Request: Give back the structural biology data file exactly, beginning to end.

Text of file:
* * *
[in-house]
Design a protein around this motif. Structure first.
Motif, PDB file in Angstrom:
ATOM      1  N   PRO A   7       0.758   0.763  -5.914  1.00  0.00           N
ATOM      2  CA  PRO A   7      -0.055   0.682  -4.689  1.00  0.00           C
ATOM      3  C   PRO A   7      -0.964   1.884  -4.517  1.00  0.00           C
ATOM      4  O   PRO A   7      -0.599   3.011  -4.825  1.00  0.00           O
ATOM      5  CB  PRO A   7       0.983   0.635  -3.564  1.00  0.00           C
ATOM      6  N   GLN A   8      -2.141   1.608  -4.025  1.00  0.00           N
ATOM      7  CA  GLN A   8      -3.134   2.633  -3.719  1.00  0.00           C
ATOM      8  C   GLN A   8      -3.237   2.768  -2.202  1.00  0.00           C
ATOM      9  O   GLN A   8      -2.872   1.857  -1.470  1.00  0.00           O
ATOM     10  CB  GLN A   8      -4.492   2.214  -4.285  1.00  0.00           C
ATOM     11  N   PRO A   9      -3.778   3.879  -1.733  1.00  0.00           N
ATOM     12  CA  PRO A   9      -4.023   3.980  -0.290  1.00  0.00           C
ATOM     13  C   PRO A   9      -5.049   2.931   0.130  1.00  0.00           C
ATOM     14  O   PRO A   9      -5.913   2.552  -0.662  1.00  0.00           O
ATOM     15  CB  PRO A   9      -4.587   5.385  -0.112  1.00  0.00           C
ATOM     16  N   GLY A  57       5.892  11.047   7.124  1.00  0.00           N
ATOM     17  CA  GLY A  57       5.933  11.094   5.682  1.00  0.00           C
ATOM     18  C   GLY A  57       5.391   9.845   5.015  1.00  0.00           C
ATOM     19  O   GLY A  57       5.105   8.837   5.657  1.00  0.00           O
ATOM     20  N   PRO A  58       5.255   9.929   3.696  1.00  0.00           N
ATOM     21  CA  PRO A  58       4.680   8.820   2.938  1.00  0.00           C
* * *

[in-house]
Design a protein around this motif. Structure first.
Motif, PDB file in Angstrom:
ATOM      1  N   PRO A   7       0.758   0.763  -5.914  1.00  0.00           N
ATOM      2  CA  PRO A   7      -0.055   0.682  -4.689  1.00  0.00           C
ATOM      3  C   PRO A   7      -0.964   1.884  -4.517  1.00  0.00           C
ATOM      4  O   PRO A   7      -0.599   3.011  -4.825  1.00  0.00           O
ATOM      5  CB  PRO A   7       0.983   0.635  -3.564  1.00  0.00           C
ATOM      6  N   GLN A   8      -2.141   1.608  -4.025  1.00  0.00           N
ATOM      7  CA  GLN A   8      -3.134   2.633  -3.719  1.00  0.00           C
ATOM      8  C   GLN A   8      -3.237   2.768  -2.202  1.00  0.00           C
ATOM      9  O   GLN A   8      -2.872   1.857  -1.470  1.00  0.00           O
ATOM     10  CB  GLN A   8      -4.492   2.214  -4.285  1.00  0.00           C
ATOM     11  N   PRO A   9      -3.778   3.879  -1.733  1.00  0.00           N
ATOM     12  CA  PRO A   9      -4.023   3.980  -0.290  1.00  0.00           C
ATOM     13  C   PRO A   9      -5.049   2.931   0.130  1.00  0.00           C
ATOM     14  O   PRO A   9      -5.913   2.552  -0.662  1.00  0.00           O
ATOM     15  CB  PRO A   9      -4.587   5.385  -0.112  1.00  0.00           C
ATOM     16  N   GLY A  57       5.892  11.047   7.124  1.00  0.00           N
ATOM     17  CA  GLY A  57       5.933  11.094   5.682  1.00  0.00           C
ATOM     18  C   GLY A  57       5.391   9.845   5.015  1.00  0.00           C
ATOM     19  O   GLY A  57       5.105   8.837   5.657  1.00  0.00           O
ATOM     20  N   PRO A  58       5.255   9.929   3.696  1.00  0.00           N
ATOM     21  CA  PRO A  58       4.680   8.820   2.938  1.00  0.00           C